Fushimi Inari Shrine in Kyoto, Japan

Shinto, meaning 'way of the gods,' is the oldest religion in Japan. The faith has neither a founder or prophets and there is no major text which outlines its principal beliefs. The resulting flexibility in definition may well be one of the reasons for Shinto's longevity, and it has, consequently, become so interwoven with Japanese culture in general that it is almost inseparable as an independent body of thinking. Thus, Shinto's key concepts of purity, harmony, family respect, and subordination of the individual before the group have become parts of the Japanese character whether the individual claims a religious affiliation or not.

In Shinto gods, spirits, supernatural forces and essences are known as kami, and governing nature in all its forms, they are thought to inhabit places of particular natural beauty. In contrast, evil spirits or demons are mostly invisible with some envisioned as giants with horns and three eyes. Their power is usually only temporary, and they do not represent an inherent evil force. Ghosts are known as obake and require certain rituals to send away before they cause harm. Some spirits of dead animals can even possess humans, the worst being the fox, and these individuals must be exorcised by a priest.

As much as nearly 80% of the population in Japan participates in Shinto practices or rituals, but only a small percentage of these identify themselves as "Shintoists" in surveys. This is because Shinto has different meanings in Japan. Most of the Japanese attend Shinto shrines and beseech kami without belonging to an institutional Shinto religion. There are no formal rituals to become a practitioner of "folk Shinto". Thus, "Shinto membership" is often estimated counting only those who do join organized Shinto sects. Shinto has 81,000 shrines and 85,000 priests in the country. According to surveys carried out in 2006 and 2008, less than 40% of the population of Japan identifies with an organized religion: around 35% are Buddhists, 3% to 4% are members of Shinto sects and derived religions. In 2008, 26% of the participants reported often visiting Shinto shrines, while only 16.2% expressed belief in the existence of a god or gods in general.

Estimated Followers: 4 million
Of Global Population: 0.01%





Beliefs and Practices

Shinto belief focuses on the existence of the kami, God, in Japan and in the world in general. This way of viewing the world focuses on nature, harmony, and balance. The Shinto followers focus on the sensibility of their approach on life and the rest of the world around them. Makoto, sincerity in the heart is greatly stressed. Shintoism does not have a set of codes or rules that should be followed. Instead makoto is used, meaning to be genuinely sincere to everyone around. It is believed that people that live with emotional sensibility and sincerity in the heart will naturally behave morally right. The key concepts in Shinto are:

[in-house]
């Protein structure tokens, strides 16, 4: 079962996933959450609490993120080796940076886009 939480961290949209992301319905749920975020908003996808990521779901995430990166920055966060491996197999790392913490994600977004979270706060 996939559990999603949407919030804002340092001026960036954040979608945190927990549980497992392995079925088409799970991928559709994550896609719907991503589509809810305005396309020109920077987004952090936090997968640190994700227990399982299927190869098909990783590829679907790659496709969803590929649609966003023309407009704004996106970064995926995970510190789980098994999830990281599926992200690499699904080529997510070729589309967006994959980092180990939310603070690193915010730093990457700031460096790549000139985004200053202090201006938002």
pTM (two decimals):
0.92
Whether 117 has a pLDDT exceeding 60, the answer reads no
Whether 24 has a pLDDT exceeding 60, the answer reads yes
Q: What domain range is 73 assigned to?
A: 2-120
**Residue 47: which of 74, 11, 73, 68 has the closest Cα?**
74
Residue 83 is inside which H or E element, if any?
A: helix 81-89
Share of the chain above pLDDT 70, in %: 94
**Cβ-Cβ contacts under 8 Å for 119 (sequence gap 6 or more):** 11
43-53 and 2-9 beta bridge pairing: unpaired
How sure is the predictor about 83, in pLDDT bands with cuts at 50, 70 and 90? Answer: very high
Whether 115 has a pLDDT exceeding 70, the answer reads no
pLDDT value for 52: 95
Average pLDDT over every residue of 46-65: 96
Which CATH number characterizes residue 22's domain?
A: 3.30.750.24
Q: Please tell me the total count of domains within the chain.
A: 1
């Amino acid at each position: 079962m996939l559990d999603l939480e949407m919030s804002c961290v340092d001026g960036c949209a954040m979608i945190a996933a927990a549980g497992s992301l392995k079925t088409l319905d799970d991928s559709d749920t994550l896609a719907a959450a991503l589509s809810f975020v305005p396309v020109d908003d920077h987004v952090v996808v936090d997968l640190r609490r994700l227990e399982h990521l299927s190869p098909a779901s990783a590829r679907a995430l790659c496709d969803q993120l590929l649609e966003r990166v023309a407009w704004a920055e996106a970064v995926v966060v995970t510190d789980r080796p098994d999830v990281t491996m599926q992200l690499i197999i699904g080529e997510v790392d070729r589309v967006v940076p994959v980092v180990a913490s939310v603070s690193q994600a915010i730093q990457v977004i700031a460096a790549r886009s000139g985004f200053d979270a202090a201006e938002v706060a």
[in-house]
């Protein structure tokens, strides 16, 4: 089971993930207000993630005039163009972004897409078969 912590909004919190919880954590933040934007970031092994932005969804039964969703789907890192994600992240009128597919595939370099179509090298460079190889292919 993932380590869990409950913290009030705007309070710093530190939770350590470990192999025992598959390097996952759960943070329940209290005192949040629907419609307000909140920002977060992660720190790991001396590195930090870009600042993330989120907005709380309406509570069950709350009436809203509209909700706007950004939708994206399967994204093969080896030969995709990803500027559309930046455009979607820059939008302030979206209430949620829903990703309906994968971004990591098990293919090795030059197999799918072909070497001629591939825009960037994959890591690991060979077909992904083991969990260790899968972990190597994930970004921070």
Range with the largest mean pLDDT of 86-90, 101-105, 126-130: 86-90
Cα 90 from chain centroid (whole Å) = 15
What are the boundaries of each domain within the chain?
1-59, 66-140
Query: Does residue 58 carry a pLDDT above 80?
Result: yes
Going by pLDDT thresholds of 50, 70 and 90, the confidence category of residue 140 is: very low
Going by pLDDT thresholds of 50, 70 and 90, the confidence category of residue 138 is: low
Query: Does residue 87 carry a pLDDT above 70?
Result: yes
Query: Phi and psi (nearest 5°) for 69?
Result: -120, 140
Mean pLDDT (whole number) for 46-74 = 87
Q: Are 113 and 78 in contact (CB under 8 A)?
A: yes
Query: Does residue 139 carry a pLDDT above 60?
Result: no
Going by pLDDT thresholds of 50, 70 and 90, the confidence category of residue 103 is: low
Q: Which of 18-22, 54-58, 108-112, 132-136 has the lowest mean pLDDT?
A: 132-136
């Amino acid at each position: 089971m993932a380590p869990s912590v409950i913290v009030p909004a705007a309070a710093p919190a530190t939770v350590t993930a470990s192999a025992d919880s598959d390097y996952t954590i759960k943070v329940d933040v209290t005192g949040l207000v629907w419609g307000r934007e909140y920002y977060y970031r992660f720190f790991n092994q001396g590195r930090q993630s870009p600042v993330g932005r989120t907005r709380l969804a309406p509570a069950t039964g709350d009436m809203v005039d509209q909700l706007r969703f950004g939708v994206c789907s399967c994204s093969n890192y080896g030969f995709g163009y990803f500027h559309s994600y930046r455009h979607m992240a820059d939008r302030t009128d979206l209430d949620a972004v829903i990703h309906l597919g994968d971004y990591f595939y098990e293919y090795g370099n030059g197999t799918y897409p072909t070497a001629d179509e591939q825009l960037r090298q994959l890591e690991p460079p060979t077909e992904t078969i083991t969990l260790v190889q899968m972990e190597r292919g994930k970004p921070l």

• Purity - both physical cleanliness and the avoidance of disruption, and spiritual purity.
  • Physical well-being.
  • Harmony (wa) exists in all things and must be maintained against imbalance.
  • Procreation and fertility.
  • Family and ancestral solidarity.
  • Subordination of the individual to the group.
  • Reverence of nature.
  • All things have the potential for both good and bad.
  • The soul (tama) of the dead can influence the living before it joins with the collective kami of its ancestors.

In Shintoism, purity rituals are commonly used in order to create purity in one’s heart, which will then lead to sincerity. Water is used as the cleansing agent in order to obtain purity. This is done by washing ones mouth, hands, bathing, and other rituals done with water. Rituals like these are done in a shrine. When a follower enters a gateway in the shrine, they are in an infinite world of Gods. There are more than 80,000 shrines around Japan that people can go to throughout the day. These shrines are sacred areas that represent a kami God of that area. The Shinto followers can go to a national, local, or household shrine in order to do these rituals, it is not mandatory to go to a shrine outside of the home.

Another important ritual or practice in Shintoism is the festivals and ceremonies. These ceremonies honor the kami. Shintoism focuses on the kami, family, nature, birth, and marriage. Afterlife is not focused on in this way of life. The Kojiki is an important text that gives the Tales of the Kami. This text explains the creation of the Japanese Islands, and the reason why the Japanese Emperor was divine. 





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